the loss and preserve a valued connection to an attachment figure
characterized the grief of a college student for his beloved uncle fol-
lowing his death by cancer (Neimeyer & Anderson, 2002). At a
theoretical level, the relevance of meaning reconstruction to the
reorganization of bonds following loss is implied by the way in
which attachment patterns shape ‘‘internal working models’’ of
the self and other(s) (Bowlby, 1980; Parkes, 1996), models that have
to be reworked when psychosocial transitions cannot be accommo-
dated by the person’s existing meaning system (Guidano & Liotti,
The purpose of this study therefore was to assess the possible
interaction between continuing bonds coping on the one hand,
and sense-making, benefit finding, and identity change on the
other, in predicting complicated grief symptomatology (Prigerson
& Maciejewski, 2006) in a large cohort of bereaved young
adults. A further advantage of the study was its use of an exten-
sively validated measure of complicated grief (Prigerson & Jacobs,
2001), as distinct from the psychometrically weaker or unvalidated
720 R. A. Neimeyer et al.
TABLE 1 Demographic and Background Information (n ¼ 506)
Background Demographic information
Age of the bereaved M ¼ 20.52, SD ¼ 3.83,
Range ¼ 17–53
Gender of the bereaved 119 men (23.5%)
387 women (76.5%)
Ethnicity of the bereaved 293 Caucasian (57.9%)
186 African-American (36.9%)
25 Other (5%)
Relationship of decedent 25 Parents (5%)
10 Sibling (2%)
2 Children (.4%)
4 Partners=spouses (.8%)
105 Grandparents (20.8%)
110 Aunts=uncles=cousins (21.7%)
140 Friends (27.7%)
33 Other relatives (6.5%)
Age of the deceased M ¼ 52.11 years, SD ¼ 26.43 years,
Range ¼ 4 months–102 years
Amount of contact with the deceased
in the 3 months preceding death
M ¼ 3.38, SD ¼ 1.72, Range ¼ 1–6
Closeness of the relationship with the
deceased prior to death
M ¼ 3.65, SD ¼ 0.84, Range ¼ 1–5
Cause of death 222 Natural, anticipated (43.9%)
106 Natural, sudden (20.9%)
91 Accidental (18%)
27 Suicide (5.3%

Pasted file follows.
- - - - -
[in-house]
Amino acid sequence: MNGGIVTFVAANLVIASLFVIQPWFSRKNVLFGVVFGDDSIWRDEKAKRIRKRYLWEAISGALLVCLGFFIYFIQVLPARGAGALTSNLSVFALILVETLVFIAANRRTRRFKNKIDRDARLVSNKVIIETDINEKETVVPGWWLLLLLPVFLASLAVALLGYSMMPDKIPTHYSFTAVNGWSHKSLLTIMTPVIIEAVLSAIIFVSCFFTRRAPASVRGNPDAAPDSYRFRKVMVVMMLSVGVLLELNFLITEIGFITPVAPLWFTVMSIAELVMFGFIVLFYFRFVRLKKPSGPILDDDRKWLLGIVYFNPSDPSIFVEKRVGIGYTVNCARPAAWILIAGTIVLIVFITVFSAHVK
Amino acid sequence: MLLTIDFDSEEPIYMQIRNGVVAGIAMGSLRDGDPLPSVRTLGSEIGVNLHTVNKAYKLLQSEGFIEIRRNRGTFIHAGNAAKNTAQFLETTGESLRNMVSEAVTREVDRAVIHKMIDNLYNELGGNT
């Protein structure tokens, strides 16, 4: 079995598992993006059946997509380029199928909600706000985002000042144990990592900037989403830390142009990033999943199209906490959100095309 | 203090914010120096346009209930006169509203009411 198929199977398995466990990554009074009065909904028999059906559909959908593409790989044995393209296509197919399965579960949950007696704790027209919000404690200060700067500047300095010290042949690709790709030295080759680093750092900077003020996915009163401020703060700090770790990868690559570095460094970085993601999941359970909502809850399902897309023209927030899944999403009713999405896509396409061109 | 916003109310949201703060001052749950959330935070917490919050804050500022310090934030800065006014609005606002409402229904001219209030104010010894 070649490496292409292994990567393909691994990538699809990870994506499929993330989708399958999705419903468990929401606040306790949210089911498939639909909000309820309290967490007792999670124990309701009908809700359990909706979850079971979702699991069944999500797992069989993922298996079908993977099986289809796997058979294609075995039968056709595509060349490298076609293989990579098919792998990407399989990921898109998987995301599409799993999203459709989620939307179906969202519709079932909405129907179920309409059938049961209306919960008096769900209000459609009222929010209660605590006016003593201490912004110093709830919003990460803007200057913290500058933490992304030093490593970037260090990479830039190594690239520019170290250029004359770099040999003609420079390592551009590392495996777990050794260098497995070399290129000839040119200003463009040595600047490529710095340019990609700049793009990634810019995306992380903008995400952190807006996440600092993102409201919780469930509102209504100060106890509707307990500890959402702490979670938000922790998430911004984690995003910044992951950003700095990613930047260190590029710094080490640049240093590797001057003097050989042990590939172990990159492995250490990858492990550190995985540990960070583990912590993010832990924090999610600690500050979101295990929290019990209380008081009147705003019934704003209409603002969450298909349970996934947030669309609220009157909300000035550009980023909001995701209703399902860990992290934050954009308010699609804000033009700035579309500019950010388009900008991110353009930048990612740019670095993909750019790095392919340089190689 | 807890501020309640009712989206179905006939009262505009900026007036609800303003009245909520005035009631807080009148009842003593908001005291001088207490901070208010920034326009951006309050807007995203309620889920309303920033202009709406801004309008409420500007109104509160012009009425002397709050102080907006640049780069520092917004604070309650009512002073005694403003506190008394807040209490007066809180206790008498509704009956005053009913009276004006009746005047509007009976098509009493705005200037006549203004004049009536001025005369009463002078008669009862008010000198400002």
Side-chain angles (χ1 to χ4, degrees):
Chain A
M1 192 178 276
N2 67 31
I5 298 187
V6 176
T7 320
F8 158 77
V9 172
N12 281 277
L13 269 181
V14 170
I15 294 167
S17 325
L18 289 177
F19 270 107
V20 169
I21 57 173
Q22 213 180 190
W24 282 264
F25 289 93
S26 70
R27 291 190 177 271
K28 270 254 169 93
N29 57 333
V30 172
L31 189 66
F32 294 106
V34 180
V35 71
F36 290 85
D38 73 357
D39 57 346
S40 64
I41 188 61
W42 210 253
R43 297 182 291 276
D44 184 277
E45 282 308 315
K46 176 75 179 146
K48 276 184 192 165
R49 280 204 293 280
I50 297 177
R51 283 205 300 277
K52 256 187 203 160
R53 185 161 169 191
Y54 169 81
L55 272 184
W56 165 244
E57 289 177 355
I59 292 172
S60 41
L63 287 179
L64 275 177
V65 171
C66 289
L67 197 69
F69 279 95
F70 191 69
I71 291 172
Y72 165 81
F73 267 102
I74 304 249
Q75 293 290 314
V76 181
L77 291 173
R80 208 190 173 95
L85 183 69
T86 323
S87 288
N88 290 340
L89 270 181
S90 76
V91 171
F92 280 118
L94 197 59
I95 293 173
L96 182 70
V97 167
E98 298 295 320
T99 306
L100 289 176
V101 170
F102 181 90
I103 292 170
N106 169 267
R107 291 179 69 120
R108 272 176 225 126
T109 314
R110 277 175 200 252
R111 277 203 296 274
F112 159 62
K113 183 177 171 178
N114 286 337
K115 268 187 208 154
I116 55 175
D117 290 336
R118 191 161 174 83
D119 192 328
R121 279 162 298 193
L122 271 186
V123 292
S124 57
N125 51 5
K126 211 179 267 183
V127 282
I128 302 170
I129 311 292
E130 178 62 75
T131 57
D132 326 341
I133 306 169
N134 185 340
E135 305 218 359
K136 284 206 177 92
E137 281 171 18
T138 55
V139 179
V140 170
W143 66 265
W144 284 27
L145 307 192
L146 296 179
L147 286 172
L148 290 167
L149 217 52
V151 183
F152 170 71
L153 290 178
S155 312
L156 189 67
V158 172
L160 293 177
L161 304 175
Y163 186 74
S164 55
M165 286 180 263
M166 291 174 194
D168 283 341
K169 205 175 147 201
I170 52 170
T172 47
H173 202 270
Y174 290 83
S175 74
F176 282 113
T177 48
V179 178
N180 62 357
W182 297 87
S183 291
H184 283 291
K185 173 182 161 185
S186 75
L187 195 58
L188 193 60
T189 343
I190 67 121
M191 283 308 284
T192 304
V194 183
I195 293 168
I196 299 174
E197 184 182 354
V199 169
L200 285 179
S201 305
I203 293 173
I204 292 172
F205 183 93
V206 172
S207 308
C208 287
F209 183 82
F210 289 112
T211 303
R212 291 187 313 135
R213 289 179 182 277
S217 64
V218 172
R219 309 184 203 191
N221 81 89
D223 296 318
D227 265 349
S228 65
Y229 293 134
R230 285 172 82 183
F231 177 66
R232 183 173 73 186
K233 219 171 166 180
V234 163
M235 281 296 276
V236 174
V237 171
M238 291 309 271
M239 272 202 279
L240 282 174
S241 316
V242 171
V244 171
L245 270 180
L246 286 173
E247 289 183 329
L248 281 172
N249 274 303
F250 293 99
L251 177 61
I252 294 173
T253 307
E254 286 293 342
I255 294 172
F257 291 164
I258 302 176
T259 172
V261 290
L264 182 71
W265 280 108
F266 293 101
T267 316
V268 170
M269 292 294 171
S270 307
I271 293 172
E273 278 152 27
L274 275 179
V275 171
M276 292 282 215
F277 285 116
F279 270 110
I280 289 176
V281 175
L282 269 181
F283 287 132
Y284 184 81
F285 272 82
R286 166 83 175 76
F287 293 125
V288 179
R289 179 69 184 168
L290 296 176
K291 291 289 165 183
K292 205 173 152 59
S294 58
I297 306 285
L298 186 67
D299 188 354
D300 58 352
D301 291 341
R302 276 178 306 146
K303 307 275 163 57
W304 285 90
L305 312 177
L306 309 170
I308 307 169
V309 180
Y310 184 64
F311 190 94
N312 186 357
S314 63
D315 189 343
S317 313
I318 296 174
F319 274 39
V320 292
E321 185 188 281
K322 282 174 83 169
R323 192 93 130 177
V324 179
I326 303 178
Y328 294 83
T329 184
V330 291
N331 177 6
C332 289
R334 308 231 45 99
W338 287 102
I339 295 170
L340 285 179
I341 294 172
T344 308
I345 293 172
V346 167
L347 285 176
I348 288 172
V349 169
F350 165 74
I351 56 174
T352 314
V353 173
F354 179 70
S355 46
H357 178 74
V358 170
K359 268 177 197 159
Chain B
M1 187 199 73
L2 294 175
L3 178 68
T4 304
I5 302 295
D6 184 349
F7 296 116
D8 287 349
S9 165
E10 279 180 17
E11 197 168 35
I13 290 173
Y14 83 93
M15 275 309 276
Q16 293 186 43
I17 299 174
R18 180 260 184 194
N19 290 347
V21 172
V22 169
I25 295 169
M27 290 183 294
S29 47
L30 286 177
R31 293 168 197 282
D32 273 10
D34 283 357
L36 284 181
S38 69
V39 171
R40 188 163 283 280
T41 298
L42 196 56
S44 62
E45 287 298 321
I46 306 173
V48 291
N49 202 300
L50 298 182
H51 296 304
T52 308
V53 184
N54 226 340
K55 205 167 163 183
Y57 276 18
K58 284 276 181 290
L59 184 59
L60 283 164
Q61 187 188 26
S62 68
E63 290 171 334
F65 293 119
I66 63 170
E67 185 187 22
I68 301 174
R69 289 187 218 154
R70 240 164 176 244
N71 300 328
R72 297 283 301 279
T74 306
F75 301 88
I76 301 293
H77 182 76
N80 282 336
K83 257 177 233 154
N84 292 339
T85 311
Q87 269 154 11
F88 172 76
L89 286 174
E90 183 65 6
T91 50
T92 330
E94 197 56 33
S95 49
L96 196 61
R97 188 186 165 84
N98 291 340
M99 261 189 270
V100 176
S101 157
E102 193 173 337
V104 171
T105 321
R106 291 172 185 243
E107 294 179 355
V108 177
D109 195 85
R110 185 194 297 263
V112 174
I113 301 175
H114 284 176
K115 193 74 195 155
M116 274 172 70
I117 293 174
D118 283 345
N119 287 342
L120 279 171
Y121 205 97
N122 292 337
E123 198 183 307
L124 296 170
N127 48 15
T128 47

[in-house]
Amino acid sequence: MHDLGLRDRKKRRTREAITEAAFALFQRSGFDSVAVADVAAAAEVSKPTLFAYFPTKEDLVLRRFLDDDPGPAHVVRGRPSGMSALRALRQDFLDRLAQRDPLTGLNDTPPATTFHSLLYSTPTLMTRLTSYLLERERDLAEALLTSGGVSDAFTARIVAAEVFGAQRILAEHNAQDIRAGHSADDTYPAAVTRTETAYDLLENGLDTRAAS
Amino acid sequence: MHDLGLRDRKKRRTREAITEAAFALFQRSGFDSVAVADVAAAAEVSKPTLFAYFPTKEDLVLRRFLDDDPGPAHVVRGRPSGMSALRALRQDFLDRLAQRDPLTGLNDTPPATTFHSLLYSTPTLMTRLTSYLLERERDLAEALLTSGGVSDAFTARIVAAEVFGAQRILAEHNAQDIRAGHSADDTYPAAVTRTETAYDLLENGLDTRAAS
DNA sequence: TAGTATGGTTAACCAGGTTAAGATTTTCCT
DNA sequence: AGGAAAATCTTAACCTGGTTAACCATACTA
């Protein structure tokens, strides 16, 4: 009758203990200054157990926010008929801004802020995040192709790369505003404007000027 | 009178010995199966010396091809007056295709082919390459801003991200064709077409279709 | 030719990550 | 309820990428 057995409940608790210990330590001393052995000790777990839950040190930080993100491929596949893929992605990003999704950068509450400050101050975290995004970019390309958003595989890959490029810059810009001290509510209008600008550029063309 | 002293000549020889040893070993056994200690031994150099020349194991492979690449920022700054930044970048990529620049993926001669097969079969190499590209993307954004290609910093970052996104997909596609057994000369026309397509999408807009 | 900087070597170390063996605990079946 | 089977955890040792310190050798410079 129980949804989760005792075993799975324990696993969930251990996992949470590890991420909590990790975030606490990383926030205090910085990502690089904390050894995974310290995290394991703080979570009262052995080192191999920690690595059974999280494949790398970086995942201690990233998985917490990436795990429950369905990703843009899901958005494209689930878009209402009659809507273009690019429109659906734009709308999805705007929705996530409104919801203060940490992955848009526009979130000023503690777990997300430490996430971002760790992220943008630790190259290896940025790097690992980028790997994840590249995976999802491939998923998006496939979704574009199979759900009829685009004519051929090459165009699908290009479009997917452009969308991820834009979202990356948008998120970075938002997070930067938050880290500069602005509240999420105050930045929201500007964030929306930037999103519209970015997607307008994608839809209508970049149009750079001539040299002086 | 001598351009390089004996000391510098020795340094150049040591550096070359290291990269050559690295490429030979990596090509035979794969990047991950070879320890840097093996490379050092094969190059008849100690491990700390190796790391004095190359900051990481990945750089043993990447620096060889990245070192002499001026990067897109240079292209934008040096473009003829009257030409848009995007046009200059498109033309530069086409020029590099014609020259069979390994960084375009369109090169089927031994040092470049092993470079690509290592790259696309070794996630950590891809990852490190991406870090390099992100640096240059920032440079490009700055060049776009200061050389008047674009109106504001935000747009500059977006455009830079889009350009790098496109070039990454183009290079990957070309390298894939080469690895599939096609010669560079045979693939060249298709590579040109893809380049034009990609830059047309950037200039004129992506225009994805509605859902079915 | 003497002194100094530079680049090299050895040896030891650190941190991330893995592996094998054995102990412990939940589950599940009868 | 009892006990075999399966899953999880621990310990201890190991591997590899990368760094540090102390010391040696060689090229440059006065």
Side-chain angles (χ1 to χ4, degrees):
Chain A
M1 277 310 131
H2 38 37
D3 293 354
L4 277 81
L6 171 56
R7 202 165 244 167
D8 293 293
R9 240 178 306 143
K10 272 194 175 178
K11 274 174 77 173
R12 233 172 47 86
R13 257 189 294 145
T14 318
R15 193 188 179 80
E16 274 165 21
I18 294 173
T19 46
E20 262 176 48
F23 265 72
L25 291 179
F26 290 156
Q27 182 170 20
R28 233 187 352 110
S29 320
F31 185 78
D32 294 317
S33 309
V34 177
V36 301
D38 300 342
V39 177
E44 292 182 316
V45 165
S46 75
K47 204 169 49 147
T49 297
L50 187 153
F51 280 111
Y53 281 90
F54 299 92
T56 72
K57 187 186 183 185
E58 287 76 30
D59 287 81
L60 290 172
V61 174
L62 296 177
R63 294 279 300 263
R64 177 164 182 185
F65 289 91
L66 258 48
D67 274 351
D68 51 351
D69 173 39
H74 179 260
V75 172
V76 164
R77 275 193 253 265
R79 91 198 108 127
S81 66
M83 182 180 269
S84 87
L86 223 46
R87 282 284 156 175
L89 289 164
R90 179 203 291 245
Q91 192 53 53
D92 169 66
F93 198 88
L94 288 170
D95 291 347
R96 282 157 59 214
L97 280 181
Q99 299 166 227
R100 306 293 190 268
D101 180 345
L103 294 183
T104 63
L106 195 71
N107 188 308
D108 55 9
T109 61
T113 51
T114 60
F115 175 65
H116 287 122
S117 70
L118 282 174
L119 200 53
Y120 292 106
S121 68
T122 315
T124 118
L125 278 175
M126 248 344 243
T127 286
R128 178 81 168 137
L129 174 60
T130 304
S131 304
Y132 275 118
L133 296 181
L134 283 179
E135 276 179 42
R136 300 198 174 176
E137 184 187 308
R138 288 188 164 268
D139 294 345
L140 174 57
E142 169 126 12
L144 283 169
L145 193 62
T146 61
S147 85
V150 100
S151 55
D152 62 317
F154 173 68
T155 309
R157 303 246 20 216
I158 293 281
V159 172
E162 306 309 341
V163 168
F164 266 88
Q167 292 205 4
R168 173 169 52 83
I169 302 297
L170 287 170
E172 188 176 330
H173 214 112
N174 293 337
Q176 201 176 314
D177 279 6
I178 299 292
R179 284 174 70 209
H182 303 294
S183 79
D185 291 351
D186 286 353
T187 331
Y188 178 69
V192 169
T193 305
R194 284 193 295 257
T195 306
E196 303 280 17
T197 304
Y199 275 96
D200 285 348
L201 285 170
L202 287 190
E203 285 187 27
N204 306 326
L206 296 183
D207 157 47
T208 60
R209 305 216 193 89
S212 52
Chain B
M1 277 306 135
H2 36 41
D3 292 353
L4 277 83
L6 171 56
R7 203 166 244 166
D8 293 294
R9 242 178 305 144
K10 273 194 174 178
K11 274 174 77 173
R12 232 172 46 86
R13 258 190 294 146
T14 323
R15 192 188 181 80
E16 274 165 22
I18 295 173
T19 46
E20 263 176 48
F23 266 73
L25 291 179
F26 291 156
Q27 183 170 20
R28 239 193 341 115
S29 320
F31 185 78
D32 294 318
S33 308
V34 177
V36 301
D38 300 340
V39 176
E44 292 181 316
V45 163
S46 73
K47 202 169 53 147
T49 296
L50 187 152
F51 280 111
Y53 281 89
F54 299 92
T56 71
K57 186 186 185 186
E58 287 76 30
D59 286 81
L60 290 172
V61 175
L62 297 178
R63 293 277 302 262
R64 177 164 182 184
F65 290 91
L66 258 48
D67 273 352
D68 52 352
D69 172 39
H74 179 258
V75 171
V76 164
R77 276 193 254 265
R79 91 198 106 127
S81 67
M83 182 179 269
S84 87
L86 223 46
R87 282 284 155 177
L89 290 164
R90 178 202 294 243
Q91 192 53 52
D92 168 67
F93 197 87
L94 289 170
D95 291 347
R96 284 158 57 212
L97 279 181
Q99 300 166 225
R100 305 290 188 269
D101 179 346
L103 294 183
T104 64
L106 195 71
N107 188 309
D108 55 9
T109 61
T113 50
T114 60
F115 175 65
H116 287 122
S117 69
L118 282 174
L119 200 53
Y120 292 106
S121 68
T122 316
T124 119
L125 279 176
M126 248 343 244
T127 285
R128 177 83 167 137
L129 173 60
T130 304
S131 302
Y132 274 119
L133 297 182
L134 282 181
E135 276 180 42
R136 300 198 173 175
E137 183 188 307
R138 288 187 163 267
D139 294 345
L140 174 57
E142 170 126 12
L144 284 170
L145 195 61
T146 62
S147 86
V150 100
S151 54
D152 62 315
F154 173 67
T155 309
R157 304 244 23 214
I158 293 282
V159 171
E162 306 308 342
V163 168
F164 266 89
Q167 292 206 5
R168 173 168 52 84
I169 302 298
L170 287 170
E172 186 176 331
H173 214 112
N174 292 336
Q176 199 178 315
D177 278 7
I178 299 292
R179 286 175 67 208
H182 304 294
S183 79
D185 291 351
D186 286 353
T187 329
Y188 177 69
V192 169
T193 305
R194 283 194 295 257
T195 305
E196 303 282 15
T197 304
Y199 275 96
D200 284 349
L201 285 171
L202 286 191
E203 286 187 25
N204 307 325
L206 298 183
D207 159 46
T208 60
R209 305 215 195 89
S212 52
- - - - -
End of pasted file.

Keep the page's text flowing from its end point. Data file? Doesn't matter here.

38 Homicide (7.5%)
22 Other (4.3%)
Number of months ago
death occurred
M ¼ 11.82, SD ¼ 7.59,
Range ¼ 0.25–24
Other major losses prior to Yes: 300 (59.3%)
this death No: 202 (39.9%)
Prior to the death, ever received Yes: 64 (12.6%)
mental health counseling No: 426 (84.2%)
Since the death, received Yes: 51 (10.1%)
mental health counseling No: 435 (86%)
Support available Yes: 429 (84.8%)
No: 56 (11.1%)
Time spent talking about the loss M ¼ 2.25, SD ¼ 1.13, Range ¼ 1–4
Sense making M ¼ 3.25, SD ¼ 0.94, Range ¼ 1–4
Benefit finding M ¼ 2.62, SD ¼ 1.31, Range ¼ 1–5
Amount of identity change M ¼ 2.40, SD ¼ 1.30, Range ¼ 1–5
Continuing Bonds 721
measures of general grief that have characterized previous research
on smaller samples.
Following institutional review of the project, 506 participants were
recruited from undergraduate introductory psychology courses at
the University of Memphis over a 3-year period. As a criterion of
eligibility, each participant reported having experienced the loss
of a friend or loved one through death within the past 2 years, in
keeping with studies that suggest that significant bereavement
phenomena can be observed over 24 months or longer in many
cases (Prigerson & Jacobs, 2001). The sample ranged in age from
18 to 53 years old with a mean age of 21 years (SD ¼ 3.83);
76.5% were female and 23.5 % were male; 57.9% were Caucasian,
36.9% African American, and 5% were of another ethnicity,
reflecting the undergraduate distribution of ethnicities at the urban
research institution. Other demographic characteristics of the
participants and descriptions of their losses are presented in Table 1.
Each eligible participant completed a one-time battery of instru-
ments that included demographic items, the Inventory of Compli-